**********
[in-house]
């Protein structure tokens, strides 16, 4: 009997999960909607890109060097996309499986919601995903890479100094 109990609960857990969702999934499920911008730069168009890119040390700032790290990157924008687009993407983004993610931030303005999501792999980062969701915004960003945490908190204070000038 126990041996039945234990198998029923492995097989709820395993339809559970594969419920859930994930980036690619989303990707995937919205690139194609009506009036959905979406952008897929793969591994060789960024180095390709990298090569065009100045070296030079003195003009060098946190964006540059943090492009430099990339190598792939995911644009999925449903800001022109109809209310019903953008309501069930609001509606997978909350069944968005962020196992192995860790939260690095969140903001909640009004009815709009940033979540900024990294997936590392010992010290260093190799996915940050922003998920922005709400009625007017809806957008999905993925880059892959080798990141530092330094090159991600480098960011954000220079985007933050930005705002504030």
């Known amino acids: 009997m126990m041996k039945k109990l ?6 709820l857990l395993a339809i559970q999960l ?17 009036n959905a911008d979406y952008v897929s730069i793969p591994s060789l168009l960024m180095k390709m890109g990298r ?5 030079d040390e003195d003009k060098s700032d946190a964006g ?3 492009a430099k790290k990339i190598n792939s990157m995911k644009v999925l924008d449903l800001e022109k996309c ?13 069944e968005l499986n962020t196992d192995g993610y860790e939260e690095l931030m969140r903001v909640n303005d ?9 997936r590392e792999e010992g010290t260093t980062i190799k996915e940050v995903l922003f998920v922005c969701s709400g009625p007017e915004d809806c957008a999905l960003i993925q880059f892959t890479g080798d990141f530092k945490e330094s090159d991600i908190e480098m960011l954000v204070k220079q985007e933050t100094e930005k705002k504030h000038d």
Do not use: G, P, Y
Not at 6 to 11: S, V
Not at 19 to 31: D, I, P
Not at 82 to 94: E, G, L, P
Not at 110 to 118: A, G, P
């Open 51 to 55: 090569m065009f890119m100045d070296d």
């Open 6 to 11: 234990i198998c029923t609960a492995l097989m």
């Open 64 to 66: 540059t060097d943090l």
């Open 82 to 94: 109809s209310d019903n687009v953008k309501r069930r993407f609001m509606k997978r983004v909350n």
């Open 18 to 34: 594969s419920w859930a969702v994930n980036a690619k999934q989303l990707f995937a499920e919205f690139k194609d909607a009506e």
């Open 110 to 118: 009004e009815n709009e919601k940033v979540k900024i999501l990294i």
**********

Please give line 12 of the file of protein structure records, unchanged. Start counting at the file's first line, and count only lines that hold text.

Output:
């Open 82 to 94: 109809s209310d019903n687009v953008k309501r069930r993407f609001m509606k997978r983004v909350n």